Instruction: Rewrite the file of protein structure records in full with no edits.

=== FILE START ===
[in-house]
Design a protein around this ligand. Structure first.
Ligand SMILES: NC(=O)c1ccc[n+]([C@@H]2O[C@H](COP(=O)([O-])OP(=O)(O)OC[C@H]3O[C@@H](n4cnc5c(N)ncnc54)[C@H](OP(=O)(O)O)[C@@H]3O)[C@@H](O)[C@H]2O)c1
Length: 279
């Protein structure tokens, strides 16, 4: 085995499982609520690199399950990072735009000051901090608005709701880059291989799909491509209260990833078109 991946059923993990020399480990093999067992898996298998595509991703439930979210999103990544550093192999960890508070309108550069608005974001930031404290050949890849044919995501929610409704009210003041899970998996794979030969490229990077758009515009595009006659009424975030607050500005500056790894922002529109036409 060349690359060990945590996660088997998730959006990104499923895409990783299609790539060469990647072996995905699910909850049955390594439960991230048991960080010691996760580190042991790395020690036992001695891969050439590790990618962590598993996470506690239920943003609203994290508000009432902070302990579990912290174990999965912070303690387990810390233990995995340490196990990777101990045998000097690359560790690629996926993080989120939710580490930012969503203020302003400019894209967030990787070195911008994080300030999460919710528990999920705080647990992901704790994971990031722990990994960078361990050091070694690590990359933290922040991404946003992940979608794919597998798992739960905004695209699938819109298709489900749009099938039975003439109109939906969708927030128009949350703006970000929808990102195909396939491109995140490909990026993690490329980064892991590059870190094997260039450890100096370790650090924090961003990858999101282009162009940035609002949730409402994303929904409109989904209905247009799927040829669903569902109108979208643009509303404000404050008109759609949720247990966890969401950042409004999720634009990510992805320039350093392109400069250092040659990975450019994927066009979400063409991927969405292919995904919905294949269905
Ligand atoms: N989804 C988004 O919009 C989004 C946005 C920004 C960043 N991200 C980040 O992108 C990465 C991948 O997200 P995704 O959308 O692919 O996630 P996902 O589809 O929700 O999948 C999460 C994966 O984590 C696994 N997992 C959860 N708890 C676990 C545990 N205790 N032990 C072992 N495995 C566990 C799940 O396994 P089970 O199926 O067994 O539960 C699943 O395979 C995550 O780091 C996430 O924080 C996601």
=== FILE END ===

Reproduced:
[in-house]
Design a protein around this ligand. Structure first.
Ligand SMILES: NC(=O)c1ccc[n+]([C@@H]2O[C@H](COP(=O)([O-])OP(=O)(O)OC[C@H]3O[C@@H](n4cnc5c(N)ncnc54)[C@H](OP(=O)(O)O)[C@@H]3O)[C@@H](O)[C@H]2O)c1
Length: 279
């Protein structure tokens, strides 16, 4: 085995499982609520690199399950990072735009000051901090608005709701880059291989799909491509209260990833078109 991946059923993990020399480990093999067992898996298998595509991703439930979210999103990544550093192999960890508070309108550069608005974001930031404290050949890849044919995501929610409704009210003041899970998996794979030969490229990077758009515009595009006659009424975030607050500005500056790894922002529109036409 060349690359060990945590996660088997998730959006990104499923895409990783299609790539060469990647072996995905699910909850049955390594439960991230048991960080010691996760580190042991790395020690036992001695891969050439590790990618962590598993996470506690239920943003609203994290508000009432902070302990579990912290174990999965912070303690387990810390233990995995340490196990990777101990045998000097690359560790690629996926993080989120939710580490930012969503203020302003400019894209967030990787070195911008994080300030999460919710528990999920705080647990992901704790994971990031722990990994960078361990050091070694690590990359933290922040991404946003992940979608794919597998798992739960905004695209699938819109298709489900749009099938039975003439109109939906969708927030128009949350703006970000929808990102195909396939491109995140490909990026993690490329980064892991590059870190094997260039450890100096370790650090924090961003990858999101282009162009940035609002949730409402994303929904409109989904209905247009799927040829669903569902109108979208643009509303404000404050008109759609949720247990966890969401950042409004999720634009990510992805320039350093392109400069250092040659990975450019994927066009979400063409991927969405292919995904919905294949269905
Ligand atoms: N989804 C988004 O919009 C989004 C946005 C920004 C960043 N991200 C980040 O992108 C990465 C991948 O997200 P995704 O959308 O692919 O996630 P996902 O589809 O929700 O999948 C999460 C994966 O984590 C696994 N997992 C959860 N708890 C676990 C545990 N205790 N032990 C072992 N495995 C566990 C799940 O396994 P089970 O199926 O067994 O539960 C699943 O395979 C995550 O780091 C996430 O924080 C996601």